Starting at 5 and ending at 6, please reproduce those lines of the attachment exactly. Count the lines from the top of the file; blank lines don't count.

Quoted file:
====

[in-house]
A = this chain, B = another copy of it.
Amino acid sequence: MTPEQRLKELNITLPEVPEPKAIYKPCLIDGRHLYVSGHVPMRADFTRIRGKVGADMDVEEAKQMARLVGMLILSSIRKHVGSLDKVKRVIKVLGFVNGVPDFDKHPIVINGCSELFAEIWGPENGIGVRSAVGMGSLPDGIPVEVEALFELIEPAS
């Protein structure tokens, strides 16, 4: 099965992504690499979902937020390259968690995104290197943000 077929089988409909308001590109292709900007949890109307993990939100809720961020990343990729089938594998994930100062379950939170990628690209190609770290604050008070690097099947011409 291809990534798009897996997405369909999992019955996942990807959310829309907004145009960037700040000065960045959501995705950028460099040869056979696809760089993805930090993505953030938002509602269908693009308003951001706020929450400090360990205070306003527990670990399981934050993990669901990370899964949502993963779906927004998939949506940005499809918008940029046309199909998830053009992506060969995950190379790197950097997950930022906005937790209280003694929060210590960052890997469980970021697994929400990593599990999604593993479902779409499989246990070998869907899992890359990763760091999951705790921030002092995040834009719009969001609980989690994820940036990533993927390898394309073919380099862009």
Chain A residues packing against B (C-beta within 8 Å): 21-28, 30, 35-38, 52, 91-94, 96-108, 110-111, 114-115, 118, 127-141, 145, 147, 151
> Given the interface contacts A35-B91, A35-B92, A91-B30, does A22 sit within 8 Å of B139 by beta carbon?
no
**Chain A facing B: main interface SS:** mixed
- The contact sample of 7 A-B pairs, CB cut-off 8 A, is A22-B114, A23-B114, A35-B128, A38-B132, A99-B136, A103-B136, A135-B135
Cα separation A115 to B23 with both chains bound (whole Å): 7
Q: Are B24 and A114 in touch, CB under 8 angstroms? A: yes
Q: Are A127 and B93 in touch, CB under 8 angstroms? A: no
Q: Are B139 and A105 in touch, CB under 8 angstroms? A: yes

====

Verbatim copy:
Chain A residues packing against B (C-beta within 8 Å): 21-28, 30, 35-38, 52, 91-94, 96-108, 110-111, 114-115, 118, 127-141, 145, 147, 151
> Given the interface contacts A35-B91, A35-B92, A91-B30, does A22 sit within 8 Å of B139 by beta carbon?